I met Anant Agarwal at edX the other day and introduced myself, and he asked me, “What research questions are you most excited about answering?”
It was a good question, asked with a genuine and infectious enthusiasm, and I didn’t offer a great response, so I thought I’d write it out.
The first things I am doing aren’t related to research questions: the tasks that have consumed most of my time during my first month involve laying the groundwork for a wide variety of research conducted by a wide variety of researchers. My first interest isn’t answering my own questions, it’s making sure that we’re setting things up so that other edX researchers can answer their questions.
Step 1 is getting the data that comes out of edX into a usable shape for researchers. Some of this is minor cleaning (edX data dumps alternatively use “id,” “user_id,” and “student_id " to label the same identifier); some of it is major rescrubbing (if you want to hear me talk for an hour about something you don’t care about, ask me about the inconsistent usage of “event” and “event_type” in edX tracking logs).
So first we have to figure out the quirks of data coming off a ship built as it sails, and then we have to think about the ways in which we should help people make use of these files.
Then, we have to put the data into one or more usable forms. One colleague suggested that once we clean the data, we should define it with a schema in a series of related database files. Another colleague suggested we should transform the data to use Coursera’s structures and fields, so that we can use the same analytic tools with both sources. Our colleagues at MIT are building a giant online pool of data, from which people can build custom buckets to draw up want they want. Trained as I was by secondary analysts, I’m interested in generating some large, standard, generalizable person-level and person-click datasets that could be widely disseminated among secondary analysts with very diverse interests. Maybe we’ll do all of the above.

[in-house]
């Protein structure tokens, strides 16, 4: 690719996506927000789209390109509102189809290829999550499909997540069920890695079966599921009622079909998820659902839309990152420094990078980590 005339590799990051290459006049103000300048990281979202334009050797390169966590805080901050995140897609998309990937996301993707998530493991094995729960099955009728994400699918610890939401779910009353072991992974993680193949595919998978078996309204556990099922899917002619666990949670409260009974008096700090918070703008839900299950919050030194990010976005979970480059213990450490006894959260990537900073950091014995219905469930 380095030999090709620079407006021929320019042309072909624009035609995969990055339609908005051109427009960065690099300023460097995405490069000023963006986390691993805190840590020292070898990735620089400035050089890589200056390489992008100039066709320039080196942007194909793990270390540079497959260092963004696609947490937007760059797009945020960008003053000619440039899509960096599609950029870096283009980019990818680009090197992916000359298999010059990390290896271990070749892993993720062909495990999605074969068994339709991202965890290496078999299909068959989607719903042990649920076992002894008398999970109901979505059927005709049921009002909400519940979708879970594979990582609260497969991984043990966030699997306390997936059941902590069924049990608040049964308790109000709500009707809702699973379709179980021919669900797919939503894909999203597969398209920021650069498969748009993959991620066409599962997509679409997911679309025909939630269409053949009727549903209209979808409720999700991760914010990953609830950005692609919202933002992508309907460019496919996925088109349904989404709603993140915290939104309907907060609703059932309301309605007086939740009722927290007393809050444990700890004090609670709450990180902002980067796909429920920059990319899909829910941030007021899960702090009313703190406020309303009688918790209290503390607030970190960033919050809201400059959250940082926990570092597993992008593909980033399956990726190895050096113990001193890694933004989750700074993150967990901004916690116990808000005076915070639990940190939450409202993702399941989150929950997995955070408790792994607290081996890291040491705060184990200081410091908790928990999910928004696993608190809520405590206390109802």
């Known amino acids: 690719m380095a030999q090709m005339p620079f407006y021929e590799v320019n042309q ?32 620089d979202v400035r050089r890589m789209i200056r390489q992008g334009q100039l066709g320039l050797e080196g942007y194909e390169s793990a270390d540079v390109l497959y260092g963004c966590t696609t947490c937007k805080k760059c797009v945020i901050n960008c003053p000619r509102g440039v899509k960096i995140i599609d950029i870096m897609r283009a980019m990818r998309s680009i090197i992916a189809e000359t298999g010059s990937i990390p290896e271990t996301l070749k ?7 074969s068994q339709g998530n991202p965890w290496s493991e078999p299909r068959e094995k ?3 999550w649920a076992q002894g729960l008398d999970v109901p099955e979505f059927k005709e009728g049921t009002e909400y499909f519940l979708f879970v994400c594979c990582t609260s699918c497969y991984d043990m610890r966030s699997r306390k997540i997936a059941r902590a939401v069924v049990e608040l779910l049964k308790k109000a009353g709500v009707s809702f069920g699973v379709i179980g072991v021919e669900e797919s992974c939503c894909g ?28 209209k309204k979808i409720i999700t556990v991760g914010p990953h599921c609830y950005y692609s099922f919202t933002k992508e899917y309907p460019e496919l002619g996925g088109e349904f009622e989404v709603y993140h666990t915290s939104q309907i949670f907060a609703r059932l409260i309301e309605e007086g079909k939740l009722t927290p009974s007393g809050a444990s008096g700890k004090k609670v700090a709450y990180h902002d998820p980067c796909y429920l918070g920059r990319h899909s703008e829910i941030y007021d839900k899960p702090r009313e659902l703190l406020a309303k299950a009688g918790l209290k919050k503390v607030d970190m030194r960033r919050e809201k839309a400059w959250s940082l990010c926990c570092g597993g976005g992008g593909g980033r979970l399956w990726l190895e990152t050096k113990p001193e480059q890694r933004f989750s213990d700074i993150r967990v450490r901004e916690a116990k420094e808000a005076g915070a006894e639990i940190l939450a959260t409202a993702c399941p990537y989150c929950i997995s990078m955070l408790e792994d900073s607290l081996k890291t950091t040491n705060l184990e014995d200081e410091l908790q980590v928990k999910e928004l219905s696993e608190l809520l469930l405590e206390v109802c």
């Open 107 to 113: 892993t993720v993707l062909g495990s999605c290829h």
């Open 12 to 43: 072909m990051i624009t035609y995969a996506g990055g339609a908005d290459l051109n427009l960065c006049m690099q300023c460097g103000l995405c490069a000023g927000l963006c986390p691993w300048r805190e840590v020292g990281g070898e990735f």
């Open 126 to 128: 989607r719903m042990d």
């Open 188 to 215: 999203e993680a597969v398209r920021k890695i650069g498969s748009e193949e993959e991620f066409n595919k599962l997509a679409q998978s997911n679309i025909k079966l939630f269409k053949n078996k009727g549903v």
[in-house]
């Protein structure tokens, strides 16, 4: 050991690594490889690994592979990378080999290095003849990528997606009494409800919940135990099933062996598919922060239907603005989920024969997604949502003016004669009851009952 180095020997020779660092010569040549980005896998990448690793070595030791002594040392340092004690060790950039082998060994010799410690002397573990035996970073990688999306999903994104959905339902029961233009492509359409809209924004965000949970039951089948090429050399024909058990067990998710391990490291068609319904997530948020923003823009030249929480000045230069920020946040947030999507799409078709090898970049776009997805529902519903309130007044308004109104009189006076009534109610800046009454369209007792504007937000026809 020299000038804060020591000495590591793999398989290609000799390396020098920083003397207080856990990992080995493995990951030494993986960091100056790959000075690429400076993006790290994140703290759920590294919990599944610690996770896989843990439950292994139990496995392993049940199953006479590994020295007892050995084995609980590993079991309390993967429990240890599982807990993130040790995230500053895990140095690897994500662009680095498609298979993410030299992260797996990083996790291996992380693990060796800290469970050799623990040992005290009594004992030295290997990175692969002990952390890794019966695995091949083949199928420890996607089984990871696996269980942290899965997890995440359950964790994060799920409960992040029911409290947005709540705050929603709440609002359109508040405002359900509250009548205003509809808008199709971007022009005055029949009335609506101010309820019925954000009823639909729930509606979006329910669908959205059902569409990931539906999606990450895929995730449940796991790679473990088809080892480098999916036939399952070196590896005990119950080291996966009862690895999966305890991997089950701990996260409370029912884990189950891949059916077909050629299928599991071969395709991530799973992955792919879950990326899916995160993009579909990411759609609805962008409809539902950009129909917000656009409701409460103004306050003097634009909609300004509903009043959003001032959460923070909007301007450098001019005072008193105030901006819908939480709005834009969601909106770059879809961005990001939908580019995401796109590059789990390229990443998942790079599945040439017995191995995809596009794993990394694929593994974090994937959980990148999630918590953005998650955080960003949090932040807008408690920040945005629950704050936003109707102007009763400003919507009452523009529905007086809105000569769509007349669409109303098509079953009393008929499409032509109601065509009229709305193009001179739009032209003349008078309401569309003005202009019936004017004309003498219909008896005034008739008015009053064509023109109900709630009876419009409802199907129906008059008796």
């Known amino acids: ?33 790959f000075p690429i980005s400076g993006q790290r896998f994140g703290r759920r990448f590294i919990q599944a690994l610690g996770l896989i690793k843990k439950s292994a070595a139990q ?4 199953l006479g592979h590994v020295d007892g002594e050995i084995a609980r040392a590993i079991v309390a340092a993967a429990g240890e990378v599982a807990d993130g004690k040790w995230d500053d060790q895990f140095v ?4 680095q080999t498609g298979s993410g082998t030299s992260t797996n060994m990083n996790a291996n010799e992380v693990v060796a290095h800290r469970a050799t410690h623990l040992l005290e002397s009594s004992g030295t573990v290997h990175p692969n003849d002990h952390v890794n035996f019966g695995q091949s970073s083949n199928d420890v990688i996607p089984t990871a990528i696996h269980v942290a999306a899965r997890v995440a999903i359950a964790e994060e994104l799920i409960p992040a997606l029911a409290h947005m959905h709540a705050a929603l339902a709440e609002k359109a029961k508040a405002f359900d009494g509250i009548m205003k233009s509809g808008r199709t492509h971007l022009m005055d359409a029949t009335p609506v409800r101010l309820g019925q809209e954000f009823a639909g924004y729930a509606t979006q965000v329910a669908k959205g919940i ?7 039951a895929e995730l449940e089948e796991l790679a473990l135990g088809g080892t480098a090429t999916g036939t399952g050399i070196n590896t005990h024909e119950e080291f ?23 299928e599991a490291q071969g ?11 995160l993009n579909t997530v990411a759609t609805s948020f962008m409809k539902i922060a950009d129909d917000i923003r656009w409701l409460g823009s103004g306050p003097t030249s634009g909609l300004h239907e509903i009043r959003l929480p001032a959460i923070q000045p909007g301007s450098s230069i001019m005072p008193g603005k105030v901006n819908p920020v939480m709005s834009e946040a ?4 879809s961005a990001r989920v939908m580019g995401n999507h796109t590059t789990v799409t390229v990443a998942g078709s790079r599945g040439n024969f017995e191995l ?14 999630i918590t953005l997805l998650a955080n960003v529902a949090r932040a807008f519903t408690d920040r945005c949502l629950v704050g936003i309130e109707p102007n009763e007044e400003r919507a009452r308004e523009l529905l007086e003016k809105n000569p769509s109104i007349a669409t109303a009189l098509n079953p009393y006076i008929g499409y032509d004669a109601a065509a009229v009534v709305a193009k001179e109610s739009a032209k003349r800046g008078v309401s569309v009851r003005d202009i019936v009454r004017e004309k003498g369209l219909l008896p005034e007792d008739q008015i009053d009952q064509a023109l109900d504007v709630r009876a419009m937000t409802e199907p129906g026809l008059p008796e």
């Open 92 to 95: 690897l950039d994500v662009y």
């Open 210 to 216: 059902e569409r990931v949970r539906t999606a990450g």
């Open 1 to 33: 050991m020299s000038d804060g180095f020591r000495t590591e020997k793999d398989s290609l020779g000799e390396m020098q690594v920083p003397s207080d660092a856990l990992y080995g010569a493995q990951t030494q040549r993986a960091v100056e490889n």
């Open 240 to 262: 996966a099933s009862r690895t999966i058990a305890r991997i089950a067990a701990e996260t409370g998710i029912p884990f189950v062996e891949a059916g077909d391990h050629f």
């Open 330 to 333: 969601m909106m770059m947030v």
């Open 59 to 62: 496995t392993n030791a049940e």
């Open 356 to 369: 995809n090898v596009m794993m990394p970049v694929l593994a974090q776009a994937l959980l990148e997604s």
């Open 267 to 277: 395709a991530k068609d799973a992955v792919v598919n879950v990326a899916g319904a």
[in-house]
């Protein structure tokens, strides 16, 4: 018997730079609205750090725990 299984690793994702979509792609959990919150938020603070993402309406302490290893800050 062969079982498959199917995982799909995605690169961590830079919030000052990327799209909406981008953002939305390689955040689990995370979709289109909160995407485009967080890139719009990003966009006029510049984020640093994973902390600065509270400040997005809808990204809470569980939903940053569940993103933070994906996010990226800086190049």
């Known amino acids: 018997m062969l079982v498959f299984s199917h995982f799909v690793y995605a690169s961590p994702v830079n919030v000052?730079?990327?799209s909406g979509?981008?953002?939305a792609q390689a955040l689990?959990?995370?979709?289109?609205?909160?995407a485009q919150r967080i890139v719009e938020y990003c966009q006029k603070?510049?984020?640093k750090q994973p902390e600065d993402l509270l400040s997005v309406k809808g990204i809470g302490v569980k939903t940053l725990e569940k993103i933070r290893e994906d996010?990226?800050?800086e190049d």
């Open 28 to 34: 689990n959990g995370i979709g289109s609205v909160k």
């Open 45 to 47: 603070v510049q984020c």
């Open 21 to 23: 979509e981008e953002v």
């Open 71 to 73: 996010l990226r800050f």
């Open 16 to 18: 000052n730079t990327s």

This is not the sort of work that will get written up in Science or Nature. But it’s exciting to think that if we can remove some of the brambles here, we can clear the path for dozens of researchers who want to search along these paths.
Refining Survey Instruments and Procedures
Step 2 is gathering more information about our students, by developing some common survey instruments that can be used across HarvardX courses in different fields. I have a particular interest here in conducting survey research that looks carefully at both minimizing and characterizing response bias. There have been lots of surveys done on early xMOOCs, but response rates can be quite low, and it can be unclear to what extent survey respondents can be considered representative of any particular population. If we can develop a better understanding of who takes surveys, who gets turned off by surveys of different lengths, and whether or not we can increase the proportion of our students who complete surveys, then again, we can improve the ways in which everyone conducts their research. For all the data we have about what xMOOC students are clicking, we know precious little about what goes on in their heads.
So those aren’t really juicy research questions to be answered (“But is our children really learning?”), but they are the kinds of yeoman tasks that consume my days, and being part of a community of folks working to build open source solutions to some of these problems makes the task all the more satisfying.
So when everything is all cleaned up, what questions do I want to ask?
Developing a Conceptual Framework of Outcomes